Money can’t make you moral

Does being rich make you a terrible person? I was listening to a podcast exploring this idea the other day. The host was firmly on the side of the wealthy, or at least, was strongly against any rush to condemnation.

The episode was a few years old, so at the time of the recording, you needed to have a personal income of $300,000 to be in the 1% (it’s about $420K today). That’s not really all that much money, the host supposes. It’s a college professor nearing retirement that made some good investments in rental properties, or it’s a small business owner that’s made a good run at it.

And, he continues, these kinds of people aren’t bad at all. They work hard in their communities. They own land, so their property taxes pay for schools. They give to charity and, of course, create jobs.

These people are pillars of the community, not robber barons. They’re not wicked men with crooked mustaches robbing from poor children to fund their yacht parties!

But wait, I thought to myself. He’s doing exactly what he warns the audience not to do. Judging these people based on their income. Because while I might agree that having a high income doesn’t make you immoral, neither does having a high income make you inherently moral.

Breaking down a couple of the host’s statements throws the whole argument on its ear.

While it’s true that $300,000 isn’t that much money (in the sense that it’s not building your own rocket to Mars ala Jeff Bezos money), it’s still more than 99% of people living in the US made! Ask a family with two working adults and a household income of $60,000 whether $300K sounds like a lot. Ask parents struggling to pay for childcare, or a factory worker nearing retirement who just learned that his pension has folded.

The simple fact is that life is better when you’re rich. You may or may not be happier. But research shows you’re less likely to be victimized by crime or die early from disease. Your income is even one of the leading indicators of your children’s eventual wealth.

The podcast goes on to explain that wealthy people have worked hard for what they have and that the entry-level 1%’s are the most likely to have pulled themselves up by their bootstraps.

Do you mean to say that the people barely scraping aren’t also working hard every day?! I know plenty of teachers, social workers, and nurses who’d beg to differ. I know dads breaking their backs on a factory line or sweating on a construction site who go home happy that their kid is going to bed with a roof over their head. These people would love to take access to healthcare, childcare or education for granted, but they don’t get to.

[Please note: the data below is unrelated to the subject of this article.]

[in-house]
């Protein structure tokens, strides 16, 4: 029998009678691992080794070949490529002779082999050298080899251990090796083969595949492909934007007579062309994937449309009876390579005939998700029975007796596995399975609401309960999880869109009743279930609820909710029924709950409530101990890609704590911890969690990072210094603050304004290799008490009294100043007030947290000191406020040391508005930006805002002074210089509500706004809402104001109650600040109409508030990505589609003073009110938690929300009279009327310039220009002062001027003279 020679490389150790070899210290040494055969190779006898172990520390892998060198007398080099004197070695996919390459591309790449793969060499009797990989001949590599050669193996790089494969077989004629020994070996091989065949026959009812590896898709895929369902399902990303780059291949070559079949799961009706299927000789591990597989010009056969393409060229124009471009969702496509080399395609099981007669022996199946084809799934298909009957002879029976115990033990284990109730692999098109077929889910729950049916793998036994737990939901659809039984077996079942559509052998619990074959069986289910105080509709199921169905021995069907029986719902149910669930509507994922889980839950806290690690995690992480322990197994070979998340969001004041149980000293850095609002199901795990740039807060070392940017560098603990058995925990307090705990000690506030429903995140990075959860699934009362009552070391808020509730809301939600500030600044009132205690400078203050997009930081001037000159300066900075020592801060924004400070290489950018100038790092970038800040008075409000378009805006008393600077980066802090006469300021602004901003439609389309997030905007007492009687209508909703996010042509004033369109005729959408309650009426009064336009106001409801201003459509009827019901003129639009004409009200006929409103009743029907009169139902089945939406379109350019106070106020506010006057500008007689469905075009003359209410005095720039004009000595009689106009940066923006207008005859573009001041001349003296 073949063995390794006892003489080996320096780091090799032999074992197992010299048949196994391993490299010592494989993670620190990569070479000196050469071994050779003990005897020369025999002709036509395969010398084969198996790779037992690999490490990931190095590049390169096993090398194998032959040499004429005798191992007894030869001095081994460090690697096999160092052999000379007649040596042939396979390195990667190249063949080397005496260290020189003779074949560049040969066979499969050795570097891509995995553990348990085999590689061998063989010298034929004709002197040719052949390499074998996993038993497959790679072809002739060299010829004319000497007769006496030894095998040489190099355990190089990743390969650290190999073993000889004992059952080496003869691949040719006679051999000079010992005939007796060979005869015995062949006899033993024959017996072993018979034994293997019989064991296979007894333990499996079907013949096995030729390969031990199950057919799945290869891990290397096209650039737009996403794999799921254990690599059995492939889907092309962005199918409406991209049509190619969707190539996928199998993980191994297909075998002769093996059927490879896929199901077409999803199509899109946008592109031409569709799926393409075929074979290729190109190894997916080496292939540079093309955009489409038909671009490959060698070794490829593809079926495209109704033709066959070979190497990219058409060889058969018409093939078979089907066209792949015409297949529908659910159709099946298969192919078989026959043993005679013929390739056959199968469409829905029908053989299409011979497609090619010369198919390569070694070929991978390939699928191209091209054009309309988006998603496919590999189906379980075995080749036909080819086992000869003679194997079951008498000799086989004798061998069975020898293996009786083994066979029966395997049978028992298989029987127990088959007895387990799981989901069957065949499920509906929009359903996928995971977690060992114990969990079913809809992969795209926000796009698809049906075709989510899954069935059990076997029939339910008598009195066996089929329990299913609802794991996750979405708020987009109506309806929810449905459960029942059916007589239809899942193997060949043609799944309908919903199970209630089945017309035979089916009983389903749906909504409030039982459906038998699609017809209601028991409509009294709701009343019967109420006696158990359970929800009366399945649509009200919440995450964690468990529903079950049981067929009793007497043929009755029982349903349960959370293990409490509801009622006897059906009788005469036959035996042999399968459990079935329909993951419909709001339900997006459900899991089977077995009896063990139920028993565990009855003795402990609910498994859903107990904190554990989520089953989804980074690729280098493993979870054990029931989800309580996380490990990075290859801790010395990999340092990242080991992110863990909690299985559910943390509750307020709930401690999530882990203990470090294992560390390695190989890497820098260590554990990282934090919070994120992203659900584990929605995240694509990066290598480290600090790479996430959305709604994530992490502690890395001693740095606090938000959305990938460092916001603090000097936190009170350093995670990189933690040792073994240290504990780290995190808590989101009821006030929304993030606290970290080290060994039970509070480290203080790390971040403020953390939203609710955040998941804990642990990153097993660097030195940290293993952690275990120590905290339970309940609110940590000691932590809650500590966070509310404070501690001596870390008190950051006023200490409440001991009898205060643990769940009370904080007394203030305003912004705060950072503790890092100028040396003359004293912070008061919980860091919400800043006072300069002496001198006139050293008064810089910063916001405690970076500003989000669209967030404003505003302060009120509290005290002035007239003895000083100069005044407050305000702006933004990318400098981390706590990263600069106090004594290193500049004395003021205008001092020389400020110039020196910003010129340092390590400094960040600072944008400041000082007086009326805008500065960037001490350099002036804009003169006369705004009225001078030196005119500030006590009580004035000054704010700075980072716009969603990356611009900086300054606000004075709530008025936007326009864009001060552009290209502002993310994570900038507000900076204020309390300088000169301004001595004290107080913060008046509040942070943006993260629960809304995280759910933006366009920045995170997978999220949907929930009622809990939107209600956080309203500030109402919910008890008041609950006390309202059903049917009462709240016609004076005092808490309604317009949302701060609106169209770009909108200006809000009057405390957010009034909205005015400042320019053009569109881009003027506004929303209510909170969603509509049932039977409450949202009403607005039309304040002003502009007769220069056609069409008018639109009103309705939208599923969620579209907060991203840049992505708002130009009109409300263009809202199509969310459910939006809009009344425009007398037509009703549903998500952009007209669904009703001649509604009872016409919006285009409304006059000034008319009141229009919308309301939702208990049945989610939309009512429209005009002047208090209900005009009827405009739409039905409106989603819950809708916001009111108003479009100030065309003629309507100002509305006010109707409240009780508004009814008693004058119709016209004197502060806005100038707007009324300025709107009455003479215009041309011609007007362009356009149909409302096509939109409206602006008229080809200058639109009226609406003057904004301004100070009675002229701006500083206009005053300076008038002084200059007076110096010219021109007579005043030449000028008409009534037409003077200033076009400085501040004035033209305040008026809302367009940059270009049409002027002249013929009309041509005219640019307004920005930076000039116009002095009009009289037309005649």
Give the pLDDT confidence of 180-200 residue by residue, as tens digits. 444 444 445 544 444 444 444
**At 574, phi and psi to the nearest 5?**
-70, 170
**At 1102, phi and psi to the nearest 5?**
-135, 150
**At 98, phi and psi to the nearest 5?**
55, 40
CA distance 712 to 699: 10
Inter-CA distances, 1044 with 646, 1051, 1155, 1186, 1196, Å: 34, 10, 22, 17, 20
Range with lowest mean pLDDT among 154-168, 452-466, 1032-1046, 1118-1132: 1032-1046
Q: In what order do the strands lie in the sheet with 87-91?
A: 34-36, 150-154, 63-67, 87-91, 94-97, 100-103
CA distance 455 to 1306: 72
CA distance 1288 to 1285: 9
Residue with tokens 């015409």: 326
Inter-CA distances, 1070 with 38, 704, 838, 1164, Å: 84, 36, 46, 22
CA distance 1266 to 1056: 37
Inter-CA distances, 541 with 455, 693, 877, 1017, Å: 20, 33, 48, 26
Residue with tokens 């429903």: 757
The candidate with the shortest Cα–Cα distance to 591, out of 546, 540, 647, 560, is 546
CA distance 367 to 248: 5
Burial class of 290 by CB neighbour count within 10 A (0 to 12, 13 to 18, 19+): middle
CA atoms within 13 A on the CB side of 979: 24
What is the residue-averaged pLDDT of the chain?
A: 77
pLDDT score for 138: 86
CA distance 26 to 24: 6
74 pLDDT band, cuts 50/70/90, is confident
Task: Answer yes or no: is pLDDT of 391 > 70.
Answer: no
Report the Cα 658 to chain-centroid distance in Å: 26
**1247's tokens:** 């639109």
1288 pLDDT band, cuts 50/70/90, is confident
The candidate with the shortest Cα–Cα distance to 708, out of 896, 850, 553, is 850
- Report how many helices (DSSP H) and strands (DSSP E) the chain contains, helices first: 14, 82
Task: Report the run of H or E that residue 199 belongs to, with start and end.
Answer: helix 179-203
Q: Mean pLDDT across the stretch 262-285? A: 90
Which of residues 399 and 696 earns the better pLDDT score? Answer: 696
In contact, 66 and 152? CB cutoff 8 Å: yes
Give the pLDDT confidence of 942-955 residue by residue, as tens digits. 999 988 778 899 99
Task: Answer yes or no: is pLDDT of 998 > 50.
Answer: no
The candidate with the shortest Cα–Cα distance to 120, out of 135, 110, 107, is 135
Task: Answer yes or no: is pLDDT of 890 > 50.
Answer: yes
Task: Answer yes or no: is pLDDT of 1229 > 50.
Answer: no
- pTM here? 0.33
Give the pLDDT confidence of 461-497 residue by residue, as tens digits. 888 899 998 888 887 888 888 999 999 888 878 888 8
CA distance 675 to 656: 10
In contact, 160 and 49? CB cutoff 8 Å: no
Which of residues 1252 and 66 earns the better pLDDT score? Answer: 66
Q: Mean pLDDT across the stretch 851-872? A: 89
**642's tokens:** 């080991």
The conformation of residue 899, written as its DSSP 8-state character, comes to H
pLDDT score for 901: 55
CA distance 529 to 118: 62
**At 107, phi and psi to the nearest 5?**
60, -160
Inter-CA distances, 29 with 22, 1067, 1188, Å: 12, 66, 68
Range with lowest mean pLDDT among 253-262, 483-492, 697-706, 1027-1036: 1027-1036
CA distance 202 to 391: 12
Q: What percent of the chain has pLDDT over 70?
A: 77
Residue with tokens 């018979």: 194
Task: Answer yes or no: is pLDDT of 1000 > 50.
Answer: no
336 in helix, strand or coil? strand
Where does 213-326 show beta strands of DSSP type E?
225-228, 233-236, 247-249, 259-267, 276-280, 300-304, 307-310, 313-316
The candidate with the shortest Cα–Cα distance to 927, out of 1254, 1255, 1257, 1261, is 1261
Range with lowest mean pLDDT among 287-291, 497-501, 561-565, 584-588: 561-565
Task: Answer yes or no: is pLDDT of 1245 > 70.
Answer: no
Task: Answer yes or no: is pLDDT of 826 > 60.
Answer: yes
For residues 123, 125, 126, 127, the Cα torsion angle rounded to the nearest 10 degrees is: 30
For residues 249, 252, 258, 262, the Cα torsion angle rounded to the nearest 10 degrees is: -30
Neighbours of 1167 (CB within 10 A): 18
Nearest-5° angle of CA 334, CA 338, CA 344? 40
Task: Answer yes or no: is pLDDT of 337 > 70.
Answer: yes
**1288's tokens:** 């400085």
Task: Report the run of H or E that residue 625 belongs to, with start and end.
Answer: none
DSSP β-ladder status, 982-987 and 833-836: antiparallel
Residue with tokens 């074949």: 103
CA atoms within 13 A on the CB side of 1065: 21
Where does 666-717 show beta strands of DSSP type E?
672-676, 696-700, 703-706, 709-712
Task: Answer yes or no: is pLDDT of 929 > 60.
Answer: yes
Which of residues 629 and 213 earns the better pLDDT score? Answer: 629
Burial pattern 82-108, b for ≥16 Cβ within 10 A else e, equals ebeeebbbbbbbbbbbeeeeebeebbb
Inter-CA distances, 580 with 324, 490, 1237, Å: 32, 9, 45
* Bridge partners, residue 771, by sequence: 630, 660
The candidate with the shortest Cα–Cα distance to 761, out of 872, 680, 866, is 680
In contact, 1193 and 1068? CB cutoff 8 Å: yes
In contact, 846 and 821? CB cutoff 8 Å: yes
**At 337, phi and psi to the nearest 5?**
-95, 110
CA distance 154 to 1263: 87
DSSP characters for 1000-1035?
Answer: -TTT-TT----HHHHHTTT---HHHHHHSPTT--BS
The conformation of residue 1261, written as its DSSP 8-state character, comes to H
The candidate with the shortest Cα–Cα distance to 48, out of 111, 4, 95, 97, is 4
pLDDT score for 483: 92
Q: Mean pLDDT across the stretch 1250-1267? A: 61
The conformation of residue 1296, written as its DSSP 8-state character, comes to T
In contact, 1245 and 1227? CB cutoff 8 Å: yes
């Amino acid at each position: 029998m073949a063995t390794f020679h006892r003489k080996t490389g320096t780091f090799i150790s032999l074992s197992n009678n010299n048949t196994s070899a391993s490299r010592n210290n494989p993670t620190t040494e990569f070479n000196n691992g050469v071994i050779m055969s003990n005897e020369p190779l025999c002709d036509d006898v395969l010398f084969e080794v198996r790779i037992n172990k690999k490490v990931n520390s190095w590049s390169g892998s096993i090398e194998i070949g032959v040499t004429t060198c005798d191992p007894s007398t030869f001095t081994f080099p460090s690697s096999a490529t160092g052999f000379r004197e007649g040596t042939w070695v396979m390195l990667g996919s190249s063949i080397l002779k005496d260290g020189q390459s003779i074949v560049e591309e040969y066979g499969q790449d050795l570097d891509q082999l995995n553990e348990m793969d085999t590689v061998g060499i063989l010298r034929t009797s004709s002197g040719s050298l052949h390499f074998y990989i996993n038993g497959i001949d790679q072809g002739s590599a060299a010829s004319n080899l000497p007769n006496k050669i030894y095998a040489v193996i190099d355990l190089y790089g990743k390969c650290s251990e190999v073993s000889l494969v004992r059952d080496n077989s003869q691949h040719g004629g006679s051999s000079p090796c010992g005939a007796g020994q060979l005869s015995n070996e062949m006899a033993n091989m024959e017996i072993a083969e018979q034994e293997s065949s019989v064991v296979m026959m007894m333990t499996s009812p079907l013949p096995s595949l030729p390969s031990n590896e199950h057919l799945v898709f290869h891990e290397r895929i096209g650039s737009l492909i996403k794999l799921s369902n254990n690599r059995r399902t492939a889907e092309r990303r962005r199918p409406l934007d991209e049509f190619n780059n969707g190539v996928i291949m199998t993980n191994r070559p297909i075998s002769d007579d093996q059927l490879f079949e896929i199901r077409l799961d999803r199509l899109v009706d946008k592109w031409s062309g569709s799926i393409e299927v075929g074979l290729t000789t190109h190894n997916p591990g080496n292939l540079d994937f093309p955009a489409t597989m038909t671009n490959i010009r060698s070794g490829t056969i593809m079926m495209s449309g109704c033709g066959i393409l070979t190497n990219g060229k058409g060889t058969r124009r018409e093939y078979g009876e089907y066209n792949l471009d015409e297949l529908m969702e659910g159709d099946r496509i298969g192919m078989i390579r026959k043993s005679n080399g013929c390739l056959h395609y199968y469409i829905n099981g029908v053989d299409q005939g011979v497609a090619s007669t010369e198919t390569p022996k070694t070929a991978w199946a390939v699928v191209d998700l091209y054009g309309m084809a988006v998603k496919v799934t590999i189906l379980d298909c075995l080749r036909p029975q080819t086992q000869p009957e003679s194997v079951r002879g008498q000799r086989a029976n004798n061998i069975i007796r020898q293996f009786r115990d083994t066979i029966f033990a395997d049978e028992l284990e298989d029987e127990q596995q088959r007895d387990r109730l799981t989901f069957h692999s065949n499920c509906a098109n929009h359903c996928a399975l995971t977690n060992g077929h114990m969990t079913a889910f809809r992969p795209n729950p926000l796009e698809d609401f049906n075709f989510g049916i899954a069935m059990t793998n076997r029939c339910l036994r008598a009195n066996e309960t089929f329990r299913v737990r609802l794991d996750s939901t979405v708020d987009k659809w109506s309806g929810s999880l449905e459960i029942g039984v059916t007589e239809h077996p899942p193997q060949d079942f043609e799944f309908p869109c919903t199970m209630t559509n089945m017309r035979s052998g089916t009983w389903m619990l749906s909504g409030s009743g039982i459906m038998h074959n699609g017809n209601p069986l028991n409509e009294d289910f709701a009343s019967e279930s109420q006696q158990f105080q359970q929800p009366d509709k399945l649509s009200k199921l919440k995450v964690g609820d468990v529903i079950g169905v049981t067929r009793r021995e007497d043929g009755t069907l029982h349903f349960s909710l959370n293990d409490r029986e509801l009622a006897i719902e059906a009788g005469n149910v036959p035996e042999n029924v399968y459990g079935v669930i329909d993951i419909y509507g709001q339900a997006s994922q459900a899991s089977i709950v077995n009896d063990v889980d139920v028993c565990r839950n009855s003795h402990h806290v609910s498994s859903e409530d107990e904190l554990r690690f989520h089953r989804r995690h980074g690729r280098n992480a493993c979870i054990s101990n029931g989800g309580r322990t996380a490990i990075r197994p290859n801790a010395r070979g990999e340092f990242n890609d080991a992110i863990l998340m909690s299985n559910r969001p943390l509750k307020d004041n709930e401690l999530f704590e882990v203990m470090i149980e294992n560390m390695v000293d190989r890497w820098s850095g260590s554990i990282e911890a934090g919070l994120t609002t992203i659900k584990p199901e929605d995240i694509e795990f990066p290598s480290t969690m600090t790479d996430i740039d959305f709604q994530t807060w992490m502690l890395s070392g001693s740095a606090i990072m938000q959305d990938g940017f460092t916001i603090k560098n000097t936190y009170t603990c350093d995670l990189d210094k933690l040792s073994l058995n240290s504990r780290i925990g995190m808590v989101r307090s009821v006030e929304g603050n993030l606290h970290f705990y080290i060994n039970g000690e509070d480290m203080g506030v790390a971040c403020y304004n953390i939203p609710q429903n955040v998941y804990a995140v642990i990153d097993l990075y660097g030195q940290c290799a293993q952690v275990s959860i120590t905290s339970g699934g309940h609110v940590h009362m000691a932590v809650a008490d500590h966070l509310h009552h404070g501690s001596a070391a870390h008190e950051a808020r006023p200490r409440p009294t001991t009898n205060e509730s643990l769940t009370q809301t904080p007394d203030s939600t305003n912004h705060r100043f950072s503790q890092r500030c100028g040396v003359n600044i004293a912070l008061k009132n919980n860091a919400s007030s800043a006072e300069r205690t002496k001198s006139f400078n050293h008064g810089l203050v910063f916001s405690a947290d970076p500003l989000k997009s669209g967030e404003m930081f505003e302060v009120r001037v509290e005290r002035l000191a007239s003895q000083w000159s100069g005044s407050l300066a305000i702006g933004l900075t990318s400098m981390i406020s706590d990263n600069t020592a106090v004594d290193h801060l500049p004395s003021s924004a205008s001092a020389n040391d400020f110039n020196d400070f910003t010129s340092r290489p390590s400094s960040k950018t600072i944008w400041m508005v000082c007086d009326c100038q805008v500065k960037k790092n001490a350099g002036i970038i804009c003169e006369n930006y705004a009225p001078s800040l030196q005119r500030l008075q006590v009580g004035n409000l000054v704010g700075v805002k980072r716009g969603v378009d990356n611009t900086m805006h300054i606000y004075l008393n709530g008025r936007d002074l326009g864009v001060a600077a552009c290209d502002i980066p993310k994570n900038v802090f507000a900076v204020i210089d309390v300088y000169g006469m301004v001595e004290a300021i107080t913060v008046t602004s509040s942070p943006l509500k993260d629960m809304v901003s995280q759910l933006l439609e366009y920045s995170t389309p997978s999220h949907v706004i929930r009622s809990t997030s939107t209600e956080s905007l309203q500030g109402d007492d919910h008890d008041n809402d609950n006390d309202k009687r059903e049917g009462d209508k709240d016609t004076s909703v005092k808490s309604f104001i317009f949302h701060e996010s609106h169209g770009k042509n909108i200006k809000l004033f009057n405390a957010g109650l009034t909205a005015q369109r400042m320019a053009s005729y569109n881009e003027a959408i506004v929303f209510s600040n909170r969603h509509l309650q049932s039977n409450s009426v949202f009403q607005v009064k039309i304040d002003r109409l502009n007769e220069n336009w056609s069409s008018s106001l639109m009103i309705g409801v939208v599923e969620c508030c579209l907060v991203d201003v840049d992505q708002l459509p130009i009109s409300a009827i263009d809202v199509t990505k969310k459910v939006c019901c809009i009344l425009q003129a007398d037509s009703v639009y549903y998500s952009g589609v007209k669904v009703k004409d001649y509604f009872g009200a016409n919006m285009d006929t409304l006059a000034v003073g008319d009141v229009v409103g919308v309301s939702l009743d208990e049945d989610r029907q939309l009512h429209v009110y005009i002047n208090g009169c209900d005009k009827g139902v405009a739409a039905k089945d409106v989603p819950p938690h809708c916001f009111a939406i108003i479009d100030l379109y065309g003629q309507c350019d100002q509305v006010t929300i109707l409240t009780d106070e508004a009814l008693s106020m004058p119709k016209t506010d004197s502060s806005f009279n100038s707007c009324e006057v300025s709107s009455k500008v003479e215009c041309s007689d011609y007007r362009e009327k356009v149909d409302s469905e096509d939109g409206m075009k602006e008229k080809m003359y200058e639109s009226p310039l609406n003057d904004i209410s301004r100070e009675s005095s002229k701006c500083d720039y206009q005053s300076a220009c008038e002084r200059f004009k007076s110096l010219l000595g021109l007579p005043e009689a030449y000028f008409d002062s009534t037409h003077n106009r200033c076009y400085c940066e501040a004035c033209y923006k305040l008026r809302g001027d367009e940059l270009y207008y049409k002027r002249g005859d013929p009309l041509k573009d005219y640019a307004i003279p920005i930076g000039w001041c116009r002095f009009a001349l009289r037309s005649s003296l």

Let’s take an extreme case to drive the point home. The day after I heard the podcast, I saw this article in the NY Times.

It details how Jeffrey Epstein, famous pedophile and conman, met and drew close to the billionaire owner of Victoria Secret. Epstein somehow managed to leapfrog from dropping out of college to teaching match to going to work as an investment banker. Puffing up his own reputation, he attaches himself to a Billionaire and slowly accumulates money, assets, and influence.

It seems the more you read about Epstein (and I caution anyone about going down that rabbit hole), the more you uncover the story of a deeply unscrupulous man. Before the accusations of sex trafficking, Epstein was embroiled in shady business practices and being sued for fraud.

He may only be a paltry multimillionaire, instead of the billionaire as sometimes claimed, but that still puts him squarely in the 1%. And once again, life is pretty sweet up there. His multiple brushes with the law landed him one of the most lenient prison sentences you’ve ever heard of. And it’s only now, after multiple civil suits and public accusations that the charges seem to have stuck.

The simple fact that Epstein was rich made a huge difference in the application of justice. It didn’t matter that some or much of his money may have been ill-gotten, nor did it matter that his morality was rotten to the core. He was treated differently by the people around him and the justice system because of his wealth. Which isn’t that unusual, unfortunately.

So while I don’t think we should be taking pitchforks and torches up to Beverly Hills, I do think we should stop idolizing wealth. The rich aren’t inherently evil, but they’re certainly not inherently moral either. Most people are doing what they can to get by. Some of us who got the breaks or the headstart are getting by a little better than the rest. And some of us are struggling against the world every day and still barely past the starting line.

I’m angry as hell about Jefferey Epstein. And disappointed that prominent people feel that they need to stick up for the 1% (because they’re not really that rich).

We’re in this thing together. And wealthy or not, access to a healthy life, an eventual retirement and a future for your kids shouldn’t be outside of anyone’s grasp. We shouldn’t blame the 1% or any group of people for all the world’s problems. But we should all (1% included) be asking what we can do to make it easier for all the people coming up behind us.



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